Nurture Article | The Portland Hospital Parenting Magazine
Autumn Issue 2012 | Deborah Arthurs
It is one of the defining moments of pregnancy: the realisation that the four-inch heels you once wore with ease, now have you groaning in pain.
Extra weight, altered centre of gravity and softening ligaments all conspire to make beloved stilettos a no-no for expectant mothers.
The official line from the Society of Chiropodists and Podiatrists is that after the first trimester, pregnant women should avoid wearing high heels - and that means above two inches. Anything higher could put a strain on the lower back, knees, toes and balls of the feet.
Chartered Physiotherapist David Silver, a lower limb specialist, agrees, saying he is in no doubt that prolonged wear of high heels in pregnancy can lead to back, knee and foot pain.
“Relaxin, the hormone the body produces in order to allow the pelvic ring to expand during child birth, has a global effect and can destabalise joints across the body,” he says.
Relaxin loosens the ligaments supporting the bones of the foot and knee, leading to more stress being placed on the local muscles, tendons and connective tissue.
Ligaments that support the lumbar spine can loosen during pregnancy too, so wearing heels that force the bottom to jut out and promote greater arching of the back can further stress ligaments and joints, warns Mr Silver.
But it’s not only high heels that cause problems for pregnant women.
Very flat shoes like ballet pumps or sandals offer very little support to the foot and can cause Achilles pain, calf strain and flattening of the arches which can lead to plantar fasciitis.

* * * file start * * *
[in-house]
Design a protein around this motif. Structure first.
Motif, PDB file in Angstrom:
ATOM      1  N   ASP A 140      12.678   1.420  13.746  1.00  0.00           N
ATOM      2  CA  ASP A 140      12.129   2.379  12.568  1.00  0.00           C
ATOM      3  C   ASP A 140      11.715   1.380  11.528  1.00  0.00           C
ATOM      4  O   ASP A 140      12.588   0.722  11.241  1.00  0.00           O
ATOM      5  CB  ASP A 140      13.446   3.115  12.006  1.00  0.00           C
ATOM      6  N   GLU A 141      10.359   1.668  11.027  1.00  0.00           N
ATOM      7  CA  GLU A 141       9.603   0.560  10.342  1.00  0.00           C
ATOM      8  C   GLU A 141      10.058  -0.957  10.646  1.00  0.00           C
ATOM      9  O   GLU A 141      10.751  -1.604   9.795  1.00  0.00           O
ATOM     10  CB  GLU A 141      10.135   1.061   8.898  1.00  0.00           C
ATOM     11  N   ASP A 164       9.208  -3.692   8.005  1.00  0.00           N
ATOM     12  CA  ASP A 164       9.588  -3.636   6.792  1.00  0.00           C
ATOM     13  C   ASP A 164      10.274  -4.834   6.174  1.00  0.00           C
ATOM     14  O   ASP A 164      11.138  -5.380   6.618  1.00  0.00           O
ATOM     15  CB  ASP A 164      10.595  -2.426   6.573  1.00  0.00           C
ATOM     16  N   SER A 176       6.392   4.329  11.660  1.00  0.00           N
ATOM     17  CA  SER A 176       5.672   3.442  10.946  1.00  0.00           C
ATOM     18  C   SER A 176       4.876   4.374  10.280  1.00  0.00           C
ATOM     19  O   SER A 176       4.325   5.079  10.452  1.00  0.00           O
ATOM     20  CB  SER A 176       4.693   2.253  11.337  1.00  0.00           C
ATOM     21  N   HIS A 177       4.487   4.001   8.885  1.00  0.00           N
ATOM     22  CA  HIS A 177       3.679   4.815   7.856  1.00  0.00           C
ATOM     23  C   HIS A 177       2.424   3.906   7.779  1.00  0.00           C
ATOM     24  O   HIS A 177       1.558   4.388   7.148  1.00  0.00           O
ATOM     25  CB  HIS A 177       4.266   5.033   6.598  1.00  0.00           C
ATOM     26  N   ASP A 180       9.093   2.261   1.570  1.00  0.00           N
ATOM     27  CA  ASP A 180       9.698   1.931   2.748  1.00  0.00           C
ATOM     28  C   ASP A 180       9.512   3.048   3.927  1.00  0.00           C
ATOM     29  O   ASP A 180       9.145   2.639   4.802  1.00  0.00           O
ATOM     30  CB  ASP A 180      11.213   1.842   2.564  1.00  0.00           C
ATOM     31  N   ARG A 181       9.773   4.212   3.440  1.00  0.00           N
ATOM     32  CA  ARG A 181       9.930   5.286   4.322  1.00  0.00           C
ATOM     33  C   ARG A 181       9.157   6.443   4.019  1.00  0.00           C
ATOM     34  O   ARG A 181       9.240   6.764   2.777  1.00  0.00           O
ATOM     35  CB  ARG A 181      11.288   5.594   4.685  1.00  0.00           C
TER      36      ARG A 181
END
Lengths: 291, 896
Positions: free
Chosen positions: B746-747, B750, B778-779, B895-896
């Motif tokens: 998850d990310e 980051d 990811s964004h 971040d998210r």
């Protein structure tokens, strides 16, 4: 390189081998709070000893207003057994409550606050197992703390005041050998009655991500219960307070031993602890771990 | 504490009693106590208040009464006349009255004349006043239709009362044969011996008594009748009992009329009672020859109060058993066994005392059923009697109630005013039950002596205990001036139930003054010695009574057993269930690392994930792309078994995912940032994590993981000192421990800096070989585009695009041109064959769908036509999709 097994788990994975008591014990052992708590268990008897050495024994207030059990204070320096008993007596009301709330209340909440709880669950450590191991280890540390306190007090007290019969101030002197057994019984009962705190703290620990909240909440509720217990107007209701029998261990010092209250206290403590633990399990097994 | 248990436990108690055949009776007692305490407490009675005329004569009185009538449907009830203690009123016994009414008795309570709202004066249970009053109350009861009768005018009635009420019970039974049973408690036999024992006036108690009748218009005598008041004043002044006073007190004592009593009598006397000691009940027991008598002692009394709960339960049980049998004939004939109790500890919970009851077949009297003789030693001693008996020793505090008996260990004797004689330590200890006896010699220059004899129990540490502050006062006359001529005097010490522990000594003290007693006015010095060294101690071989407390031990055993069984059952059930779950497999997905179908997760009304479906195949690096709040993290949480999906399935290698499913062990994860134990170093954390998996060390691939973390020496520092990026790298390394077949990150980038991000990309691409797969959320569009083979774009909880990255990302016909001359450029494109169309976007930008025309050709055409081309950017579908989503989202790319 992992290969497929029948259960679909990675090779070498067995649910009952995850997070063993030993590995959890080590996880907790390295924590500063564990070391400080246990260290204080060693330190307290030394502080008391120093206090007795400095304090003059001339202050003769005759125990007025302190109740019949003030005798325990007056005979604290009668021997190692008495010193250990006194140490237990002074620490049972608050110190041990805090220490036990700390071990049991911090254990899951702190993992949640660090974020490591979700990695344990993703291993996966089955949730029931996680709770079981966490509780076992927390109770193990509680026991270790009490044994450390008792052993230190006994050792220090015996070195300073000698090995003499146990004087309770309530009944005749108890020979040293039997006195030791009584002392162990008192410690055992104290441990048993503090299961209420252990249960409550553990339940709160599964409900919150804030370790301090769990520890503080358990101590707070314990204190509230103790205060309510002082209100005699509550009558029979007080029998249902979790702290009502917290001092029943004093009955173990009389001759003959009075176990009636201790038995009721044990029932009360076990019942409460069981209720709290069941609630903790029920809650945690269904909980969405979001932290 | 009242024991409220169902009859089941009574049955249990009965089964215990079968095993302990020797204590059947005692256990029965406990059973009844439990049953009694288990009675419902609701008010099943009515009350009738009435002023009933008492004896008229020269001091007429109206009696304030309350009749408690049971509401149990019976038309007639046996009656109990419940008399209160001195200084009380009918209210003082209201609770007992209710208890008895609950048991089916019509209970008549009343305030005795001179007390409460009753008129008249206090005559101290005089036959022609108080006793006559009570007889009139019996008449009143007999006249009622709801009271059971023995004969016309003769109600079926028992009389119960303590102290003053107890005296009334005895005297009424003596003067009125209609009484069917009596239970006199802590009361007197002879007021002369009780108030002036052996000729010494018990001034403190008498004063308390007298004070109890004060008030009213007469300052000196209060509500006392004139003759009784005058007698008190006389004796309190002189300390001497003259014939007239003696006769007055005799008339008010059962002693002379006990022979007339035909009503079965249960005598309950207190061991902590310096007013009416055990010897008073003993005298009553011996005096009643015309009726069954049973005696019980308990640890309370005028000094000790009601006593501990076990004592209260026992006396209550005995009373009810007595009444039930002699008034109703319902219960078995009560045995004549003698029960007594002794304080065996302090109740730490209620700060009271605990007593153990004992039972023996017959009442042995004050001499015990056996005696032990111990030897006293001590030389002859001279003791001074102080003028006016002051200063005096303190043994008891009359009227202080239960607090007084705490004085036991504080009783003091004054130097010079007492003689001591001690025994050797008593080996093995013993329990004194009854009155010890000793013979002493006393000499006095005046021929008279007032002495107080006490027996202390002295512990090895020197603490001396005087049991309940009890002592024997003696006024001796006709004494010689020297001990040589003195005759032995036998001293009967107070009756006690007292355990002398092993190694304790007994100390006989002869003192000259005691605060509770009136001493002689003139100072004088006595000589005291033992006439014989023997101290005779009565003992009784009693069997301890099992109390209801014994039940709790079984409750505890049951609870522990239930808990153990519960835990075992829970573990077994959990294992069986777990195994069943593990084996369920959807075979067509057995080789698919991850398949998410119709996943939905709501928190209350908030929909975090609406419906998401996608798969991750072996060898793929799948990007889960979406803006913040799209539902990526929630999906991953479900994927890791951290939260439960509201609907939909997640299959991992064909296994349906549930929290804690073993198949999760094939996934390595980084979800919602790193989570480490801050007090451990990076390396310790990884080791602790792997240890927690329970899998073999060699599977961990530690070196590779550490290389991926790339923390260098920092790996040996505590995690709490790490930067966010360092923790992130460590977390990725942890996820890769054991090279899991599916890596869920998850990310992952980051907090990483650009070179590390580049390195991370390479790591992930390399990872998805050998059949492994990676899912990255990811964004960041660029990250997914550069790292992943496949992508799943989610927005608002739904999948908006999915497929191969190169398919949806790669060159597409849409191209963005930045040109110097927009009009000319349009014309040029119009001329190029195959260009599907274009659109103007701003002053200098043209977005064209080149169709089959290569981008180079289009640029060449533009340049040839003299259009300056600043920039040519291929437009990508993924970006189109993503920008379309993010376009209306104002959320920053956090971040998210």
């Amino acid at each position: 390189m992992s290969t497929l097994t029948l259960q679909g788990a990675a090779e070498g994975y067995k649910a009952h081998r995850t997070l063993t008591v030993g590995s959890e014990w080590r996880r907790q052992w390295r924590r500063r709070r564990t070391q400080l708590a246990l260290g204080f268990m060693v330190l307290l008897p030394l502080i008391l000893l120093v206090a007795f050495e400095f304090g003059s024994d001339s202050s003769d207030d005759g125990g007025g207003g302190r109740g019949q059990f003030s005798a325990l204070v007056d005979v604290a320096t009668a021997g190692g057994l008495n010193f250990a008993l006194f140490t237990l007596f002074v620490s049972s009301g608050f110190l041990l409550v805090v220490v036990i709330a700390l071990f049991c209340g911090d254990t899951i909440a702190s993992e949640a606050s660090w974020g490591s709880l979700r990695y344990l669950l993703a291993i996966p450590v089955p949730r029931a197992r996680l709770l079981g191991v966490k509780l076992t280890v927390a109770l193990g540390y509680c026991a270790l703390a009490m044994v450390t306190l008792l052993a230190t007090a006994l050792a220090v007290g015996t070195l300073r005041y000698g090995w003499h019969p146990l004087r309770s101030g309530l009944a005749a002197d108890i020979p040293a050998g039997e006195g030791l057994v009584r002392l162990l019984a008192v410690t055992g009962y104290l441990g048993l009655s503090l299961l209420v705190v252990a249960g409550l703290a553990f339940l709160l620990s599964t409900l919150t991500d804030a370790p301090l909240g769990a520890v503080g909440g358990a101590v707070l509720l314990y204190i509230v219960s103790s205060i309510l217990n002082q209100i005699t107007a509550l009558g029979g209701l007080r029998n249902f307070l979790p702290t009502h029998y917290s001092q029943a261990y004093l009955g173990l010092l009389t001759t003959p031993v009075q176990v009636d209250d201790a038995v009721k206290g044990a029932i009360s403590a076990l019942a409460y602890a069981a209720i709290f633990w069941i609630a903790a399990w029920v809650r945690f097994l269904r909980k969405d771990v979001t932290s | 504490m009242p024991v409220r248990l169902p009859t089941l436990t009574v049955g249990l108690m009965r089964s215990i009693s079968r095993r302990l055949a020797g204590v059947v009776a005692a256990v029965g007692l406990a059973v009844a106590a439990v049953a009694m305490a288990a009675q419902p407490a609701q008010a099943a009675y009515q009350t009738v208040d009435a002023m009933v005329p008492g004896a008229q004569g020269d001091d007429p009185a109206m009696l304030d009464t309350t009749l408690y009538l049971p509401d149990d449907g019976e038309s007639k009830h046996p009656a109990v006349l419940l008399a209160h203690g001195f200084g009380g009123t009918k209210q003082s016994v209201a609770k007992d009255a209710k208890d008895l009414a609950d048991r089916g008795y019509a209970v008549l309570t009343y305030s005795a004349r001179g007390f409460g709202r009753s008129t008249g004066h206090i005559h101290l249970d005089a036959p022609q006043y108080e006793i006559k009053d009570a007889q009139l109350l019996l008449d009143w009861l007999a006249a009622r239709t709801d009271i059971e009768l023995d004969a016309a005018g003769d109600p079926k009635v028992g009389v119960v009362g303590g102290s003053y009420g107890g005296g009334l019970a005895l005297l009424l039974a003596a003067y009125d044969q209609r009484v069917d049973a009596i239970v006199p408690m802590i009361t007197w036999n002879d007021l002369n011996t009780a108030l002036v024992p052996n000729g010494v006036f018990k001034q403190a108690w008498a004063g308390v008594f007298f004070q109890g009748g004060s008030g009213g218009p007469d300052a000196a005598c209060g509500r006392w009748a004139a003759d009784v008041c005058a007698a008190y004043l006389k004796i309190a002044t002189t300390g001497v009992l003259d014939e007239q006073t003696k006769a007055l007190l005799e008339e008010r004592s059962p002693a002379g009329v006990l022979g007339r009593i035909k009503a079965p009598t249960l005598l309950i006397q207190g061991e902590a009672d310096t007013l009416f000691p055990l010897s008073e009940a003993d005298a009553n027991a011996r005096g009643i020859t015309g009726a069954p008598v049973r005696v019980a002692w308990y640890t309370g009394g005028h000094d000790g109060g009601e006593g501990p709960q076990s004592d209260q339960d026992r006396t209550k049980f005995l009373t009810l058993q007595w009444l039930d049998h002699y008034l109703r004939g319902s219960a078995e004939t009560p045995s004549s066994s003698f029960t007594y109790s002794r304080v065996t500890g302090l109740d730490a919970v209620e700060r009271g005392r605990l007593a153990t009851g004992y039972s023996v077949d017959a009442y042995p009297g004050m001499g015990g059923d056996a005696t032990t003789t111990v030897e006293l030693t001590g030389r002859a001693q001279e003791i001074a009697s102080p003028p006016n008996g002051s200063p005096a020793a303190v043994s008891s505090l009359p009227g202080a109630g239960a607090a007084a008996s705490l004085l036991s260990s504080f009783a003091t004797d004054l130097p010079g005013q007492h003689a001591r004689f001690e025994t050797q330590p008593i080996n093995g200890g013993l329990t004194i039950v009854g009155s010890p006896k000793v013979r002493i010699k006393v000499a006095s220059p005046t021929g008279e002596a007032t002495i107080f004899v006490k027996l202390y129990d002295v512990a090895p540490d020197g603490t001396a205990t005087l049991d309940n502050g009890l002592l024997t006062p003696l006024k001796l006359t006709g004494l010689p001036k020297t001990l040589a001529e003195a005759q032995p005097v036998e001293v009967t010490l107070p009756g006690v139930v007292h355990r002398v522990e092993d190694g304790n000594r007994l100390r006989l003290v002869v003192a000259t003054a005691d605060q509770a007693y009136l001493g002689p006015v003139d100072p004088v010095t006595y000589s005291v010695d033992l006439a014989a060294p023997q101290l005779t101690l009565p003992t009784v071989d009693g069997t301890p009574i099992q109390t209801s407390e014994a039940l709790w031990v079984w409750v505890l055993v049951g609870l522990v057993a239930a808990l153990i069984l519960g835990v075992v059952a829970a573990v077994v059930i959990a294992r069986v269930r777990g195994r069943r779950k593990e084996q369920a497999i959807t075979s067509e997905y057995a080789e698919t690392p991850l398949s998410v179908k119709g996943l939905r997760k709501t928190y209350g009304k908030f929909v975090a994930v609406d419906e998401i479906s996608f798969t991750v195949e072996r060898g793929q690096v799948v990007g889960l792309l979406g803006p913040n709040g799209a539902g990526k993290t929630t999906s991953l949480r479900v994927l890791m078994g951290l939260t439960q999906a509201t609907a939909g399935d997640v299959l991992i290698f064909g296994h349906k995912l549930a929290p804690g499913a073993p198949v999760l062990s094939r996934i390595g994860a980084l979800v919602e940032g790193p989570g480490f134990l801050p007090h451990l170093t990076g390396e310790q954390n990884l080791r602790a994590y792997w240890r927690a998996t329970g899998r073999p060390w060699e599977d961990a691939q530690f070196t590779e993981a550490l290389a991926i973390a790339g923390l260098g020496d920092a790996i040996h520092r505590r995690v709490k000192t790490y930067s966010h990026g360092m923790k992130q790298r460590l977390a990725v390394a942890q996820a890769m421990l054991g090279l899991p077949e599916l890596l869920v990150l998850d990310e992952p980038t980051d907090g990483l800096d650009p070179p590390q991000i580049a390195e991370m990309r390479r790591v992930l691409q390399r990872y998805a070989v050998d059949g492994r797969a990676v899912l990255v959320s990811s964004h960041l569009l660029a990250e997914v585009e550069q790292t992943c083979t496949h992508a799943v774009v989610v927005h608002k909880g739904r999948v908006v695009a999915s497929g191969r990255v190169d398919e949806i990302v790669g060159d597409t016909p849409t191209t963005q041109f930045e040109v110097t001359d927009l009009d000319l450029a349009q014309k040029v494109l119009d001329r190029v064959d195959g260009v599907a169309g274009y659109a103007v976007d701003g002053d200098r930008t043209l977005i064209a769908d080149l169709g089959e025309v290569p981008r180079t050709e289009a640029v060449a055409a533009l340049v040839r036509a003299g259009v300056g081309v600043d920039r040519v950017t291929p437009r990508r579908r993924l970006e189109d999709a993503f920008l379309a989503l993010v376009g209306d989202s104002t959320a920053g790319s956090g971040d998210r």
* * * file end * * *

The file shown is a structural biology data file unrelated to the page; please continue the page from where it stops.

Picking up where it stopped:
“At a time when the feet need support when walking on hard surfaces, this is not ideal,” says Mr Silver.
So should mothers-to-be ditch heels or beloved ballet pumps altogether?
Not necessarily. Mr Silver says the optimum height for a shoe during pregnancy is around two inches - although the exact height depends on the structure of each individual’s foot.
However, there is some flexibility.
“The type of shoe worn is not as important as the activity that the person does in them,” he says. “If you are commuting in London wearing high heels or very flat shoes this will have a greater impact on any musculoskeletal pain than wearing heels or flats around an office.”
Mr Silver advises wearing comfortable, supportive footwear with some shock absorbency - such as trainers or a cushioned shoe with arch support - for walking or commuting. Heels are fine, but walking long distances on hard surfaces should be avoided.
“No sane man would ever try to tell a woman she couldn’t wear heels!” he says. “If you must wear them, then supportive shoes that have straps and hug the foot are best.”
Thankfully, the current trend for low-heeled shoes makes dressing for Autumn/Winter a breeze.
Boots are the obvious go-to option: bikers, riding boots, cowboy boots and Cuban heels all offer that magic low heel.
Avoid floppy sheepskin boots that offer little support, and instead choose a hard-soled winter boot such as Ugg or Burberry’s more robust styles.
Maternity label Seraphine stocks ballet pumps especially for pregnant women with a 2cm heel, padding, arch support and added lateral structure (£75 seraphine.com), or try loafers, brogues or kitten heels.
Finally, inexpensive shock-absorbent insoles bought from chemists can be slipped into regular shoes to give padding and support. Maybe those Louboutins can stay after all!
TREATS FOR FEET DURING PREGNANCY
PediRoller foot massager, £4.99, Boots
Mother Goose cooling foot cream, 125ml, £4.99, Boots
Homedics foot spa, £40, Debenhams
Leather lined insoles, £12, Birkenstock
Seraphine: Pregnancy-friendly ballet pumps (seraphine.com)
Burberry: Myriad winter boots (uk.burberry.com)
Russell and Bromley: Low-heeled loafers and boots (russellandbromley.co.uk)
M&S: Comfortable Footglove styles
Clarks: True, traditional, comfort (clarks.com)
Ugg: Buy structure; avoid floppy styles (uggaustralia.co.uk)
Birkenstock: Perfect holiday sandals (birkenstock.co.uk)
For more information on our Maternity Services please call the Maternity enquiry line on 020 7390 8020